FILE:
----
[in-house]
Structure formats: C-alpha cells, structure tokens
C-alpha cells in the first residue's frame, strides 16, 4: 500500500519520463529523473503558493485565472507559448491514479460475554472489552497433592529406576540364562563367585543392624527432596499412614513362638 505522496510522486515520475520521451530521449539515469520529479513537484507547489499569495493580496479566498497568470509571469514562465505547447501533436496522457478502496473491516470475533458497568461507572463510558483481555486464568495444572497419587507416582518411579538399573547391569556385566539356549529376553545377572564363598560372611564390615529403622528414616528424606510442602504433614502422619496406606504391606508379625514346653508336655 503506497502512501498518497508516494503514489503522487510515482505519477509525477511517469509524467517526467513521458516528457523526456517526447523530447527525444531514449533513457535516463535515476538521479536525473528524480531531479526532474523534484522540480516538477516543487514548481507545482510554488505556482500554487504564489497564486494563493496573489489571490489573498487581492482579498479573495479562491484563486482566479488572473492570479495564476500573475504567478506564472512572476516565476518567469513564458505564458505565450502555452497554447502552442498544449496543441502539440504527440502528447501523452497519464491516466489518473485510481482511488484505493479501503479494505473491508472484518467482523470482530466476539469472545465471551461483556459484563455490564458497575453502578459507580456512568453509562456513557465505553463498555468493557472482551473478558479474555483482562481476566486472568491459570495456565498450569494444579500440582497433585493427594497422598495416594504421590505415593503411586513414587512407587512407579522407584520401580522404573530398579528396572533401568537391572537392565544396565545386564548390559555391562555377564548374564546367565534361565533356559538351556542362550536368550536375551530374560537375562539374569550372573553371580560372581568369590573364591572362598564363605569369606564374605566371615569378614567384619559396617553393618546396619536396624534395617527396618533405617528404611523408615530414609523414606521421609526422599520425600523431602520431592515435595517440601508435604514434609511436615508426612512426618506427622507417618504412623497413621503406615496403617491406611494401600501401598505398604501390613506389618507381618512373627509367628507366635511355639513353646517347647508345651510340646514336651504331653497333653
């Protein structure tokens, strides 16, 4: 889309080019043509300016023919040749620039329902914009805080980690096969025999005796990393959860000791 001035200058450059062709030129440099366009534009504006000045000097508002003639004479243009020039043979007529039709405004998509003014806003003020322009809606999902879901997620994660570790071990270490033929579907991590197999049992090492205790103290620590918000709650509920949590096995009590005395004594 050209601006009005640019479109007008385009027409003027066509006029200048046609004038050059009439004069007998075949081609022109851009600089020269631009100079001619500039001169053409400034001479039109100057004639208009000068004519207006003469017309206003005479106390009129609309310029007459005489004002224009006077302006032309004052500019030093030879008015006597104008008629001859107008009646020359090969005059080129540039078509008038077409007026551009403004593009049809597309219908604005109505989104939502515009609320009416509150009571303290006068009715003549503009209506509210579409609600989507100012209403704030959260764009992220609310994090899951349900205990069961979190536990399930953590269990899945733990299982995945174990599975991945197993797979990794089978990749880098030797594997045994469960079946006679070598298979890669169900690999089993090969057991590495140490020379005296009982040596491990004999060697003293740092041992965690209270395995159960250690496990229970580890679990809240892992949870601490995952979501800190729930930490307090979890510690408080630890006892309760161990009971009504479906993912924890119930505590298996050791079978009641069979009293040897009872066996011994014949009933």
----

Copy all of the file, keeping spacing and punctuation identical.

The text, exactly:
[in-house]
Structure formats: C-alpha cells, structure tokens
C-alpha cells in the first residue's frame, strides 16, 4: 500500500519520463529523473503558493485565472507559448491514479460475554472489552497433592529406576540364562563367585543392624527432596499412614513362638 505522496510522486515520475520521451530521449539515469520529479513537484507547489499569495493580496479566498497568470509571469514562465505547447501533436496522457478502496473491516470475533458497568461507572463510558483481555486464568495444572497419587507416582518411579538399573547391569556385566539356549529376553545377572564363598560372611564390615529403622528414616528424606510442602504433614502422619496406606504391606508379625514346653508336655 503506497502512501498518497508516494503514489503522487510515482505519477509525477511517469509524467517526467513521458516528457523526456517526447523530447527525444531514449533513457535516463535515476538521479536525473528524480531531479526532474523534484522540480516538477516543487514548481507545482510554488505556482500554487504564489497564486494563493496573489489571490489573498487581492482579498479573495479562491484563486482566479488572473492570479495564476500573475504567478506564472512572476516565476518567469513564458505564458505565450502555452497554447502552442498544449496543441502539440504527440502528447501523452497519464491516466489518473485510481482511488484505493479501503479494505473491508472484518467482523470482530466476539469472545465471551461483556459484563455490564458497575453502578459507580456512568453509562456513557465505553463498555468493557472482551473478558479474555483482562481476566486472568491459570495456565498450569494444579500440582497433585493427594497422598495416594504421590505415593503411586513414587512407587512407579522407584520401580522404573530398579528396572533401568537391572537392565544396565545386564548390559555391562555377564548374564546367565534361565533356559538351556542362550536368550536375551530374560537375562539374569550372573553371580560372581568369590573364591572362598564363605569369606564374605566371615569378614567384619559396617553393618546396619536396624534395617527396618533405617528404611523408615530414609523414606521421609526422599520425600523431602520431592515435595517440601508435604514434609511436615508426612512426618506427622507417618504412623497413621503406615496403617491406611494401600501401598505398604501390613506389618507381618512373627509367628507366635511355639513353646517347647508345651510340646514336651504331653497333653
């Protein structure tokens, strides 16, 4: 889309080019043509300016023919040749620039329902914009805080980690096969025999005796990393959860000791 001035200058450059062709030129440099366009534009504006000045000097508002003639004479243009020039043979007529039709405004998509003014806003003020322009809606999902879901997620994660570790071990270490033929579907991590197999049992090492205790103290620590918000709650509920949590096995009590005395004594 050209601006009005640019479109007008385009027409003027066509006029200048046609004038050059009439004069007998075949081609022109851009600089020269631009100079001619500039001169053409400034001479039109100057004639208009000068004519207006003469017309206003005479106390009129609309310029007459005489004002224009006077302006032309004052500019030093030879008015006597104008008629001859107008009646020359090969005059080129540039078509008038077409007026551009403004593009049809597309219908604005109505989104939502515009609320009416509150009571303290006068009715003549503009209506509210579409609600989507100012209403704030959260764009992220609310994090899951349900205990069961979190536990399930953590269990899945733990299982995945174990599975991945197993797979990794089978990749880098030797594997045994469960079946006679070598298979890669169900690999089993090969057991590495140490020379005296009982040596491990004999060697003293740092041992965690209270395995159960250690496990229970580890679990809240892992949870601490995952979501800190729930930490307090979890510690408080630890006892309760161990009971009504479906993912924890119930505590298996050791079978009641069979009293040897009872066996011994014949009933």